4 Dec, 10:19
Grand Slam winners Fiona Coghlan and Nora Stapelton have returned the Women's RBS 6 Nations trophy to Chief Executive John Feehan at the Six Nations offices in Dublin.
It leaves Rob Penney's men in second place in Pool 1 with a 15-point tally, three behind leaders Saracens heading into the final round of pool matches.
Their quarter-final hopes now hinge on the visit of Racing Metro 92 to Thomond Park next Sunday. A bonus point victory there should be enough to see them through, anything less and results in other pools will come into the equation.
Ronan O'Gara got Munster off to an encouraging start this afternoon with three early points, awarded after a strong chase and challenge in midfield from Keith Earls.
The visitors' over-eagerness saw them pinged at the first scrum though. The late withdrawal of Allan Jacobsen brought the 20-year-old Robin Hislop into the Edinburgh front row and it was an area Munster would largely dominate.
A second free-kick against the Munster scrum - this time in their 22 - saw the Scots drive up close to the line led by David Denton and Stuart McInally.
But Penney's charges forced a turnover from the next scrum and scrum half Murray cleared the danger. It was very much nip and tuck in the first quarter hour as Greig Tonks countered cleverly and Munster stole a lineout.
Edinburgh had a let-off when O'Gara misjudged a penalty after Ben Cairns was ruled offside, yet there were better signs for Munster in open play.
David Kilcoyne and man-of-the-match Peter O'Mahony crashed up with ball in hand, making good yardage before a scrum penalty was forced and O'Gara was able to double Munster's lead.
A third successful penalty quickly followed from the tournament's record points scorer as Edinburgh's scrum problems continued in heavy underfoot conditions.
Greig Laidlaw got Michael Bradley's side off the mark with a 32nd minute penalty, but again Munster's superior scrum subsequently produced a kickable chance that O'Gara tucked away for 12-3.
A late series of pick and goes might have yielded an elusive try, yet Edinburgh defended smartly and the evident tension bubbled over on the half-time whistle with a bout of pushing and shoving between the players.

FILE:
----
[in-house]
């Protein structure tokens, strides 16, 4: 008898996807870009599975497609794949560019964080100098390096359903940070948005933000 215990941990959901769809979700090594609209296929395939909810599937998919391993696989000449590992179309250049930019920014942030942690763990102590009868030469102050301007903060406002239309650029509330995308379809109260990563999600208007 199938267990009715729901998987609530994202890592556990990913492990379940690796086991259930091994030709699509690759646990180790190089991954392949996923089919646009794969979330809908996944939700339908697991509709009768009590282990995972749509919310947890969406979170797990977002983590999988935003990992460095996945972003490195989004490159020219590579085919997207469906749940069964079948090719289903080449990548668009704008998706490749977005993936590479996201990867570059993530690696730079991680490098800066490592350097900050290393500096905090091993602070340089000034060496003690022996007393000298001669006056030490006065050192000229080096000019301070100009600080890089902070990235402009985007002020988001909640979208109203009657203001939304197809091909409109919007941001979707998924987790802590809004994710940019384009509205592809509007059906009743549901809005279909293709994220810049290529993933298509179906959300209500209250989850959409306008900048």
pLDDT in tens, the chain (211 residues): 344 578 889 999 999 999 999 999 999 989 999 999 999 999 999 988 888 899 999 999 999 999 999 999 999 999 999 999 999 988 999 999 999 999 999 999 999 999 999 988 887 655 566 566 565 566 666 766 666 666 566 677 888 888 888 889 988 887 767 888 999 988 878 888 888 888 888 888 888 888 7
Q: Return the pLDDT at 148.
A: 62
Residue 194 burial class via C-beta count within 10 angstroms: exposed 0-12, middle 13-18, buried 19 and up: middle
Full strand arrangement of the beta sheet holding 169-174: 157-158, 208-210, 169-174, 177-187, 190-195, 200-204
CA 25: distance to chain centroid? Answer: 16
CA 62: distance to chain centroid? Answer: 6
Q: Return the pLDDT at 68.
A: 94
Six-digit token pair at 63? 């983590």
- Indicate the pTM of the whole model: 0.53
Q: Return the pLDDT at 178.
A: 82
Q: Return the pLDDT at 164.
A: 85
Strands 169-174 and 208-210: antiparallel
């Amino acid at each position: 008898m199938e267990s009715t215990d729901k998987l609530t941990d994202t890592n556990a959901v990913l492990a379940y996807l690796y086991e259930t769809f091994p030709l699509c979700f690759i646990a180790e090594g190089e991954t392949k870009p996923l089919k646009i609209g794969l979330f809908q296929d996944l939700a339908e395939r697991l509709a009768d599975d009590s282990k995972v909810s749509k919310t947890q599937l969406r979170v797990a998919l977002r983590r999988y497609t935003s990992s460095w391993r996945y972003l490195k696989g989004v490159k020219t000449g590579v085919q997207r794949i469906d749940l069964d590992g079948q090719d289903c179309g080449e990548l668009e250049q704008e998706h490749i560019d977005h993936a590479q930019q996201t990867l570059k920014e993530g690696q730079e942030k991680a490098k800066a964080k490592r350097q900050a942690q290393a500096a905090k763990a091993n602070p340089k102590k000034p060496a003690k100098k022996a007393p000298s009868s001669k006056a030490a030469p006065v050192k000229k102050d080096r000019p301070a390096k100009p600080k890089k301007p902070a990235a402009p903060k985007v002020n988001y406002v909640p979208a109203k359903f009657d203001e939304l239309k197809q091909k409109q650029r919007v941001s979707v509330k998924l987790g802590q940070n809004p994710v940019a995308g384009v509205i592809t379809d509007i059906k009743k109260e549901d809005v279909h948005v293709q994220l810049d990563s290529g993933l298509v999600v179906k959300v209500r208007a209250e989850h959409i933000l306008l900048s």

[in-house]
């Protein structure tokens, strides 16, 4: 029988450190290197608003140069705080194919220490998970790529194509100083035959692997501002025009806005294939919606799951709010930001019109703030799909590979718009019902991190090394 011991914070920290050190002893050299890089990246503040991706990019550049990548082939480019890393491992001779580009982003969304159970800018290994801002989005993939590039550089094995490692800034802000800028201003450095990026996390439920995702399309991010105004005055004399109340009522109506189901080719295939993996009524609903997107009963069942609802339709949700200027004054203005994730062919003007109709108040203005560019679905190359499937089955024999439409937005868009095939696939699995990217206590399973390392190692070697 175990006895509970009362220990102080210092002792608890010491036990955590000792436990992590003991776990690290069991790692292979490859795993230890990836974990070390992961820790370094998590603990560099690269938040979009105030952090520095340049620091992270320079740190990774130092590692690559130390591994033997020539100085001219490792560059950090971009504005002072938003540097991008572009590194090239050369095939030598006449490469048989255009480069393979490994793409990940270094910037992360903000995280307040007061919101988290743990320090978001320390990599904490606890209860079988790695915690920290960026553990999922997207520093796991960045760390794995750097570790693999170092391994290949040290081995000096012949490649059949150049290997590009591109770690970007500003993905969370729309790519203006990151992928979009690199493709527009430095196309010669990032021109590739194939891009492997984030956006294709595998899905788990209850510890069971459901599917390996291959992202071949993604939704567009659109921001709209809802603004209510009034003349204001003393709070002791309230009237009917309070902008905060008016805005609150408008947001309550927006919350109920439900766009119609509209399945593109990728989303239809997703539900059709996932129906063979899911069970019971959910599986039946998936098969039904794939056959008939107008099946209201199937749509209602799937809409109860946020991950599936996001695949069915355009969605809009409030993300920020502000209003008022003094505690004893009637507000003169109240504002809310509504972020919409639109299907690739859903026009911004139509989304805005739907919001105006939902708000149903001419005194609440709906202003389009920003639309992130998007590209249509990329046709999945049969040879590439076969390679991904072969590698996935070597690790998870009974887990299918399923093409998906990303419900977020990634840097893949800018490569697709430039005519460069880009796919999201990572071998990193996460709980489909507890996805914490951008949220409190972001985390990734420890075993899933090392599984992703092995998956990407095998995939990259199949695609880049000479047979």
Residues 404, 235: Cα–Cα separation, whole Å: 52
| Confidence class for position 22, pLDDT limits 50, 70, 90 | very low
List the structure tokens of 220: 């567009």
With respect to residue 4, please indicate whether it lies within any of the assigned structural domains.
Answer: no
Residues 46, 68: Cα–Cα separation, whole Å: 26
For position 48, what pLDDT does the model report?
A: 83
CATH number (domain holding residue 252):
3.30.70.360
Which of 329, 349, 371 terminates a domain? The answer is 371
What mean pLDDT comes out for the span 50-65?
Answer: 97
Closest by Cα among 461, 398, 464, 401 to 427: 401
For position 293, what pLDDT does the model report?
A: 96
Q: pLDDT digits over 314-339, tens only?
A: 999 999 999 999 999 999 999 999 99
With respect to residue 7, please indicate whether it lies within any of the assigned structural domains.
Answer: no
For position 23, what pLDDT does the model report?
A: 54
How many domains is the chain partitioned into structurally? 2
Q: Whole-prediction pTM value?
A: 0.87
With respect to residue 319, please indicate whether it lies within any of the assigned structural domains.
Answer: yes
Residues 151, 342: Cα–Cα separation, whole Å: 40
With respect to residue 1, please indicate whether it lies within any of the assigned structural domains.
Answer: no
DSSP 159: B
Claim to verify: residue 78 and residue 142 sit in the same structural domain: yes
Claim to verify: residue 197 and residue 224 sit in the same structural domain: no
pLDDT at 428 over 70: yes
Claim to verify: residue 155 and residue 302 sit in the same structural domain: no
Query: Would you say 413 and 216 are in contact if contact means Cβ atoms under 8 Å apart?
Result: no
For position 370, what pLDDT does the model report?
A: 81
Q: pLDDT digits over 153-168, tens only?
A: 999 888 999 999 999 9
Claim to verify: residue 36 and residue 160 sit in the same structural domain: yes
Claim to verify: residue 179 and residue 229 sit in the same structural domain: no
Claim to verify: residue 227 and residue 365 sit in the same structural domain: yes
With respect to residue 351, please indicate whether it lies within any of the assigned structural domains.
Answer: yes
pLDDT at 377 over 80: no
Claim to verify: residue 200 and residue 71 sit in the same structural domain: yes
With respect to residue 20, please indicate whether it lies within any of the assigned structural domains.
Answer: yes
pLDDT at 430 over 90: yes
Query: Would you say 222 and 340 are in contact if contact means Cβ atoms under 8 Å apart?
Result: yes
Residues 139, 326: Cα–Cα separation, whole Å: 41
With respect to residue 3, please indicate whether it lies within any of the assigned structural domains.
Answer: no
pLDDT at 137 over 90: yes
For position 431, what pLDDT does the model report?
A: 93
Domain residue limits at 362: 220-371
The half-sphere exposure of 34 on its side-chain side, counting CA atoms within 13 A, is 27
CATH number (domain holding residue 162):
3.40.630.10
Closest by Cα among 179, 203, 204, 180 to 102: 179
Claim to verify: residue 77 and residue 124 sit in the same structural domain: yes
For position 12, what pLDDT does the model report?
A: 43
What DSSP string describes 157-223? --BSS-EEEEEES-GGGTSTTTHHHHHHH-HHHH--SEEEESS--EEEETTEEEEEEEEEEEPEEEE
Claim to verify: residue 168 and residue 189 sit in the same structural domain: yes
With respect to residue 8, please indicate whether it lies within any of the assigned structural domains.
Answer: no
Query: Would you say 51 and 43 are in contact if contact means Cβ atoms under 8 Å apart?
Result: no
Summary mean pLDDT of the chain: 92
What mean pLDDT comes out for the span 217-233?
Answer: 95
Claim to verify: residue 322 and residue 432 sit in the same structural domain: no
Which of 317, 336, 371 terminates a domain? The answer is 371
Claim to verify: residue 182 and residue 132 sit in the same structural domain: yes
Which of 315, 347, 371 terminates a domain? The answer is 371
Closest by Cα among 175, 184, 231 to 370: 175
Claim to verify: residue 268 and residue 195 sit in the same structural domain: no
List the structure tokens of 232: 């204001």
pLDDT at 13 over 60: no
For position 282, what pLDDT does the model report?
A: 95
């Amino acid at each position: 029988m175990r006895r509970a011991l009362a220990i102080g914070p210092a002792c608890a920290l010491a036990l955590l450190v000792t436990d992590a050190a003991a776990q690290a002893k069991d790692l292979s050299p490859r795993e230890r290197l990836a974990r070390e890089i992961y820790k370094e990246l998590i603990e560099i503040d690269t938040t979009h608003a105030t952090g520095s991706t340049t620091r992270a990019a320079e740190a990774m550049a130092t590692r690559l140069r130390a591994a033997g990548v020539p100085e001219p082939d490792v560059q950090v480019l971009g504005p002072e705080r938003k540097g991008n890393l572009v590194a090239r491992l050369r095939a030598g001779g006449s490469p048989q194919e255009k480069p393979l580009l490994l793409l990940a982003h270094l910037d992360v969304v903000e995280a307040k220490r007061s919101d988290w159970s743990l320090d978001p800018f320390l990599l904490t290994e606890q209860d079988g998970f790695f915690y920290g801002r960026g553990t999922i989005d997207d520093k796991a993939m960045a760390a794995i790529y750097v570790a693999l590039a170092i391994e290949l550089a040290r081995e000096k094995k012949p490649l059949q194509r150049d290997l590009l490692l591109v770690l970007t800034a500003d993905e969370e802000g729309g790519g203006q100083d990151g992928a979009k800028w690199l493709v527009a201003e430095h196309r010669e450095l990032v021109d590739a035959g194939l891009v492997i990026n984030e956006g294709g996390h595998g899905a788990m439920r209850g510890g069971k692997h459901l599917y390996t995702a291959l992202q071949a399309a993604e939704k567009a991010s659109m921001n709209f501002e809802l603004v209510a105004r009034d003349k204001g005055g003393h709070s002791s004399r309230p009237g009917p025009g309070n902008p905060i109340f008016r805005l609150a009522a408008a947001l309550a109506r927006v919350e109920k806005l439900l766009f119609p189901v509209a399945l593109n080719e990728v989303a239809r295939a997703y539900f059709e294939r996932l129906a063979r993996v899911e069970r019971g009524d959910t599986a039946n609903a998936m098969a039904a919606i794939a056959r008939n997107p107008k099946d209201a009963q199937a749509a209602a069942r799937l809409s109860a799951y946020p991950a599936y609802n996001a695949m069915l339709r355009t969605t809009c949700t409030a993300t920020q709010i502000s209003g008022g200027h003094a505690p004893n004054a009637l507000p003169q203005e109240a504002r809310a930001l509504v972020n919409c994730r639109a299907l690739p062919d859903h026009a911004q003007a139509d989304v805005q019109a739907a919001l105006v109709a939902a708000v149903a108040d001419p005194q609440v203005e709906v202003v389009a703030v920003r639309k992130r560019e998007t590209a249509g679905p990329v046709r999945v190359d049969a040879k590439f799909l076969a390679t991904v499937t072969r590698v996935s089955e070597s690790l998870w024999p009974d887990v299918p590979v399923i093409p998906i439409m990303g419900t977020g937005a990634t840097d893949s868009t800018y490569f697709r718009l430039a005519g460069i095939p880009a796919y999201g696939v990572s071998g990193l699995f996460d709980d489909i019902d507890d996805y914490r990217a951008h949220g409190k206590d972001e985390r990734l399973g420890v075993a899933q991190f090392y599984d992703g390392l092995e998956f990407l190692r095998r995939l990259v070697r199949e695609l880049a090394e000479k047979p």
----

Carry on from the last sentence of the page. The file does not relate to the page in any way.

Munster were sloppy at times in the opening half and their defence was cut open on the restart as Edinburgh centre Cairns made one of the few line-breaks.
Despite their stranglehold on set piece proceedings, Munster could not break the try-scoring deadlock and were reduced to 14 men when prop Kilcoyne was sin-binned for a professional foul on Laidlaw after he took a quick tap.
Munster had the territory though to keep Edinburgh under pressure and the numbers were swiftly evened up. Murray's chip over the try-line was chased hard by Earls and Laidlaw, who reached the ball ahead of him, was penalised for palming it straight out over the end line.
Referee Greg Garner reached for his yellow card and the Munster front row earned their corn in the following five-metre scrums, Wian du Preez driving hard at Willem Nel with captain Doug Howlett slotting in temporarily at flanker.
O'Mahony, who moved to number 8 during James Coughlan's brief absence, controlled the ball as the red-shirted forwards powered towards the line and the penalty try was duly awarded. O'Gara converted for a 19-3 advantage.
Munster lifted the tempo as the passes began to stick. Full-back Felix Jones came more into the game, taking Murray's offload after a fine break from the scrum half. Had Jones found the supporting Howlett, a second try looked likely.
That score was registered soon after when Murray's tall frame helped him lunge over from a close-in ruck. Beforehand, James Downey had done well to get a fluid attack back on track after the ball went to ground.
O'Gara fired over the conversion from the left to put 23 points between the teams and the result was effectively done and dusted. The only question was could the Munstermen push on for two more tries and a prized bonus point?
They had enough time to do so and a plentiful supply of possession, but poor decision making and individual errors in possession led to a patchy display in the final quarter.
There was a lack of killer instinct from the province and they allowed their intensity to drop as Edinburgh produced a strong finish, warming the home supporters with two late tries on a chilly afternoon.
Munster's failure to turn possession into further points, despite some strong running from Simon Zebo and replacement Casey Laulala, had them rattled and they allowed the Scots to dictate for much of the remainder.
Matt Scott split the Munster defence with a powerful bust through the middle. Replacement Netani Talei went close to rumbling in before good hands across the back-line sent winger Dougie Fife over to the left of the posts.
Laidlaw converted the club's first try in Europe this season. Five minutes later they had another one on the board, Fife completing his brace by breaking a couple of tackles on his way in under the posts.
Laidlaw's second successful conversion was the final scoring act as Munster failed to boost their try count in the dying minutes, losing possession after setting up a promising lineout position.
|Edinburgh Rugby Score Card|
|Munster Rugby Score Card|